The Wolof Empire (also spelt Wollof, Jolof or Jollof) emerged
soon after 300 AD in the Senegambia Valley between the Gambia
and Senegal rivers. To the north east it was bounded by
the semi-desert ferlo, beyond which was Futa
Toro. To the east it was bounded by the states which came
under the rule of the Manding. And finally to the south lay the
It is thought the Wollof people originated
from the Sahara before is became hostile to farming due to desertification.
As the environment deteriorated some of them drifted into the
Senegalese areas of Futa Toro and
modern-day south eastern Mauritania. With the Arab conquests of
around 640 AD they were forced to move into north and east Senegal
where over time villages developed into autonomous states such
as Baol, Kayor, Saloum, Dimar, Walo and Sine the overall ruling
state being that of Jolof who came together voluntarily to form
the Jolof Empire.
Legend has it that in Walo the fishermen from several villages
argued vehemently over firewood which lay along the edge of a
lake at Mengen. Just before matters developed into violence a
mysterious person called Ndyadyane Ndyaye (Njanjan Njie) arose
from the lake and shared out the firewood fairly among the men
and promptly vanished much to their bafflement. The decision was
made to try and catch him so they feigned another argument and
when he appeared he was caught. When Mansa Wali Jon the ruler
of Sine, who was himself endowed with supernatural powers, heard
about the strange goings on in Mengen he shouted "Ndyadyane
Ndyaye" which is an expression of utter amazement. This name
was given to the strange visitor (actual name: Amadu Bubakar Ibn
Muhammed). He became the first ruler of the new empire with the
title Burba Jolof and other states voluntarily pledged allegiance
to him. Thus the new empire arose around 300 AD in the Senegambia
valley which stretched from the Gambia
River and encompassed most of modern-day Senegal.
By the end of the 15th century, the Wolof states of Jolof, Kayor,
Baol and Walo had become united in a federation with Jolof as
the metropolitan power. The position of king was held by the Burba
Wolof and the rulers of the other component states owed loyalty
to him while being allowed local sovereignty in internal state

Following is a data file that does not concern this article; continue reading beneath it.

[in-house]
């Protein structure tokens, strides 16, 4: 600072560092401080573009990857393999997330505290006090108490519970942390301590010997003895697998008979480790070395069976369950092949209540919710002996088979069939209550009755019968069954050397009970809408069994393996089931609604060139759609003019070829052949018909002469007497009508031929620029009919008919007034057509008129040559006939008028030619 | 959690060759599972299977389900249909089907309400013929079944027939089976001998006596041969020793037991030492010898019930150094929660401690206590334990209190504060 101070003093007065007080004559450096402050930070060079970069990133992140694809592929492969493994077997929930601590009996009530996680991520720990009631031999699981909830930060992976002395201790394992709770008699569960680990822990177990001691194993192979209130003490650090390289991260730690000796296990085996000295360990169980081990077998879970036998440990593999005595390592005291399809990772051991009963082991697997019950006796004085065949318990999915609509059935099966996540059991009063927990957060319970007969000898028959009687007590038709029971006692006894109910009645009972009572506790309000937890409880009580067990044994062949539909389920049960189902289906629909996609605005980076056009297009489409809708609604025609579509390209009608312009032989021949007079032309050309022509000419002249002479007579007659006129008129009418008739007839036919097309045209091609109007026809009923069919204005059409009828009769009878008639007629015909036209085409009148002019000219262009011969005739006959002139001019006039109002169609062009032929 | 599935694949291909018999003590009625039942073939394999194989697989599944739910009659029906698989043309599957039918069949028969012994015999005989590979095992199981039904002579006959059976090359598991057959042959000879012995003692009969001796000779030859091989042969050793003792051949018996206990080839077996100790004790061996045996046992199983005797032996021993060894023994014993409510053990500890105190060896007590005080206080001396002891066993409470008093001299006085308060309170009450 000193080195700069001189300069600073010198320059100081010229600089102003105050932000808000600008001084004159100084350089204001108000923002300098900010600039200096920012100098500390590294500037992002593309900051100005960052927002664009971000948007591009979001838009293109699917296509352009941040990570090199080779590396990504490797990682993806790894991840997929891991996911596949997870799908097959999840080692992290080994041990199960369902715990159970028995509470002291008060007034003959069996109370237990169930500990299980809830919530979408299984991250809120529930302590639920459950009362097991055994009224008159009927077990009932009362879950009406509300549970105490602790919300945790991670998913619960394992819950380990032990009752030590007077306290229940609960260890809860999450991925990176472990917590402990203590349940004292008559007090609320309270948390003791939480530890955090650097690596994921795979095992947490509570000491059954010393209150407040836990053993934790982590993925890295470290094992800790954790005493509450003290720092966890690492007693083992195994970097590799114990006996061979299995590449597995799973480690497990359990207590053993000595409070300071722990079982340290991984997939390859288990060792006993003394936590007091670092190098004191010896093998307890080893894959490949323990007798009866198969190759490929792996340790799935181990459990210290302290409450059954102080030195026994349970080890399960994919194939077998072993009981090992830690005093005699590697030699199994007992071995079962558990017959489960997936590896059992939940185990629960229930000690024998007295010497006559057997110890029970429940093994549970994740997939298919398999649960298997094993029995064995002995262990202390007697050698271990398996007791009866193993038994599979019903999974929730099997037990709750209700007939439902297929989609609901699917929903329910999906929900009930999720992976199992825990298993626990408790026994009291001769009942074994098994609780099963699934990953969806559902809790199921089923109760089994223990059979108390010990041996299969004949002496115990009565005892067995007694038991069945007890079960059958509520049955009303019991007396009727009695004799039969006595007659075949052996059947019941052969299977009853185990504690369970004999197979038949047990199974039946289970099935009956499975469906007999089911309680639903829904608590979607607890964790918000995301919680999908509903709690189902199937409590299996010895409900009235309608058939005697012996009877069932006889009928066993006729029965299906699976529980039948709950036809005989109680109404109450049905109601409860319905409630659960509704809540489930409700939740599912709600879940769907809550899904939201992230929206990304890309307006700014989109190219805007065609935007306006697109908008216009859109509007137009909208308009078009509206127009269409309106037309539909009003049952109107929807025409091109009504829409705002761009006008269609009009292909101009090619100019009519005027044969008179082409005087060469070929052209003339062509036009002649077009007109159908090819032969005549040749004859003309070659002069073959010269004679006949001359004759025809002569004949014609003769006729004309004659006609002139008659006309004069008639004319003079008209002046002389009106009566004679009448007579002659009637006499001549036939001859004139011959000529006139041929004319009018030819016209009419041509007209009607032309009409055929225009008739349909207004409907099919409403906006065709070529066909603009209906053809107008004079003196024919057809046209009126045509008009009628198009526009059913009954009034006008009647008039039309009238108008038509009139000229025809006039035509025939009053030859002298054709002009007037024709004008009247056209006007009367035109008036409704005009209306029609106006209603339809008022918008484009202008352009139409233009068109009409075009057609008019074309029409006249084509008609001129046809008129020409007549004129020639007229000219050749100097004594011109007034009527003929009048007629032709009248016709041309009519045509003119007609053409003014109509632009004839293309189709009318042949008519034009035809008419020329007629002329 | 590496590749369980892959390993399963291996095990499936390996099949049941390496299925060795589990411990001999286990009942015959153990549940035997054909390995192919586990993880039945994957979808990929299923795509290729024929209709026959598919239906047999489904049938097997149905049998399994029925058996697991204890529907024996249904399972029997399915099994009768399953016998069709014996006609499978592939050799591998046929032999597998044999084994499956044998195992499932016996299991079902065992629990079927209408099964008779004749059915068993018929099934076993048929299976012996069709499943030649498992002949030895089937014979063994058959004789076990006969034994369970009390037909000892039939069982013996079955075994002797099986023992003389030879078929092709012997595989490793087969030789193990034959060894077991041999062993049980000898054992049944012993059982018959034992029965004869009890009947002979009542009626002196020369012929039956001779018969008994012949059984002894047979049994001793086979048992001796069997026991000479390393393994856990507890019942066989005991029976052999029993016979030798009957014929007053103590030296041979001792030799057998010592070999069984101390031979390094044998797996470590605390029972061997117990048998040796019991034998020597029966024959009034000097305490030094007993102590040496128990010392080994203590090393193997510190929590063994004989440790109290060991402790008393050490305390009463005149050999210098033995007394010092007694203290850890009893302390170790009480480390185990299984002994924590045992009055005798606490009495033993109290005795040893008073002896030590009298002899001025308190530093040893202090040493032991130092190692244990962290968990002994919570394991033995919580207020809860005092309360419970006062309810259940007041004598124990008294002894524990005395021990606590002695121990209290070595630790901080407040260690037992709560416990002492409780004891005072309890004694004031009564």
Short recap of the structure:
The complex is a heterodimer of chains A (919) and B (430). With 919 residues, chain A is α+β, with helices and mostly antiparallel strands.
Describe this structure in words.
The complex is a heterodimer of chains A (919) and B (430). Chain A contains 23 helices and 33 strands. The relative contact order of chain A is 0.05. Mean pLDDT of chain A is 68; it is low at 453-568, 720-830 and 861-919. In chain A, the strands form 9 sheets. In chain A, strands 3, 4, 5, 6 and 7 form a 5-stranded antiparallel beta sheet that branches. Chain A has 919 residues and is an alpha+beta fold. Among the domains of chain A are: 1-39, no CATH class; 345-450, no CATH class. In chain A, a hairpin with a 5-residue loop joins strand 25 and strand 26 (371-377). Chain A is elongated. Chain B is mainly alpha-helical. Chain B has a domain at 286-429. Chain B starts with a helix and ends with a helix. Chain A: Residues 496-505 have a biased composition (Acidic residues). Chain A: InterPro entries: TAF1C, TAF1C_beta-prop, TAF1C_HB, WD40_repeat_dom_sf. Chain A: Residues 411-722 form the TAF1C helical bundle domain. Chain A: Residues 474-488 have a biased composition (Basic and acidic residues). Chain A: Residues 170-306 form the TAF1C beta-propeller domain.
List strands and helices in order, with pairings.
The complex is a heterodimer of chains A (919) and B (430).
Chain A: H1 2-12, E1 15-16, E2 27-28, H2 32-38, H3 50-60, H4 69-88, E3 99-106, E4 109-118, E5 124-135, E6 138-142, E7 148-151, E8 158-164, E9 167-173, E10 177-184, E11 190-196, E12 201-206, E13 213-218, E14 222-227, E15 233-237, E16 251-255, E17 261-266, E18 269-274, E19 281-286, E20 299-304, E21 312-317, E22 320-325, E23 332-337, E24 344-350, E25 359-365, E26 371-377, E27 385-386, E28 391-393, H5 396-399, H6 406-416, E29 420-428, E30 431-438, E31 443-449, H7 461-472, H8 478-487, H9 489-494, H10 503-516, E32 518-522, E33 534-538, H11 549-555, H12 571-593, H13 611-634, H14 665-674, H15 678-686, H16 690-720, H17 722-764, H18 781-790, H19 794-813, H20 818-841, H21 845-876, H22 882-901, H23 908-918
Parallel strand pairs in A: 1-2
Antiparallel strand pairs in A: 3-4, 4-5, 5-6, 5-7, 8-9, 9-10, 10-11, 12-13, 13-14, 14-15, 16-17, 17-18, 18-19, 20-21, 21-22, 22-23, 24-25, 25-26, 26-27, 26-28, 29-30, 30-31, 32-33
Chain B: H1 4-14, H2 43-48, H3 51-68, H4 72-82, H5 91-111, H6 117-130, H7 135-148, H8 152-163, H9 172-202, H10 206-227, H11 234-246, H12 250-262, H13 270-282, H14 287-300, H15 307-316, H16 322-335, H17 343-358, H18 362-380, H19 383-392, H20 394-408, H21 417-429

matters. Saloum and Sine were later brought within the union.
Before they became involved in trading with the Portuguese merchants
on the coast, the Wolof people enjoyed the benefits of long established
trading and cultural ties with the Western Sudanese empires and
had also benefited from trading with Futa Toro and the Berbers
from North Africa. Through these early trading links and organisation
the Wolof states grew wealthy and had formidable strength.
Emergence of Cayor:
Starting in the 1440's Portuguese soldiers and seamen garrisoned
the small island of Arguin, on the northerly coast of Mauritania
and raided the Senegambian mainland for captives whom they took
back to Portugal and sold as slaves. By the 1450's, however, this
form of kidnapping gradually developed into regular trade between
the trade representatives of Burba Wolof and his petty state rulers
and the Portuguese sea captains. The kings of the various Wolof
states proved eager to exchange captives for European goods such
as textiles, firearms, metal items and cotton.
Cayor state benefited greatly from this trade because it bordered
the coast and included the lands around Cape Verde where the Portuguese
set up their initial trading links with the Wollof. This geographical
advantage gave the prominent men of Cayor commercial advantages
which made them powerful and gave them the desire to be independent
of Jolof's hegemony over them. In around 1556 the nobility of
Cayor rebelled against the Burba Jolof and gained its independence.
The new royal title of the king of Cayor was Damel. Emboldened
by this success the Damel of Cayor invaded and conquered the neighbouring
state of Baol. To cap it all Cayor later defeated the Jolof army
and their Burba leader.
Decline & Fall:
As a result of this new state of affairs the prosperity of Jolof
declined due to the fact that its contact with the European traders
was severed by Cayor. However, because the Damels of Cayor late
proved incapable of building a cohesive and strong empire of their
own they were repeatedly attacked by the northern Mauritanian
This led to Baol severing the domination of Cayor in 1686. Shortly
after this Jolof took advantage of this weakness in Cayor's power
and attacked. They had partial success when the Damel was killed.
In later battles the Burba Jolof was killed and his army forced
back. After this the king of Baol, Latir Faal Sukabe, took control
of Cayor and became the new Damel. He ruled until 1702.
Such battles and wars continued between the noble rulers of the
Jolof states until the late 19th century when they were eventually
subdued by the French colonials.
See also the
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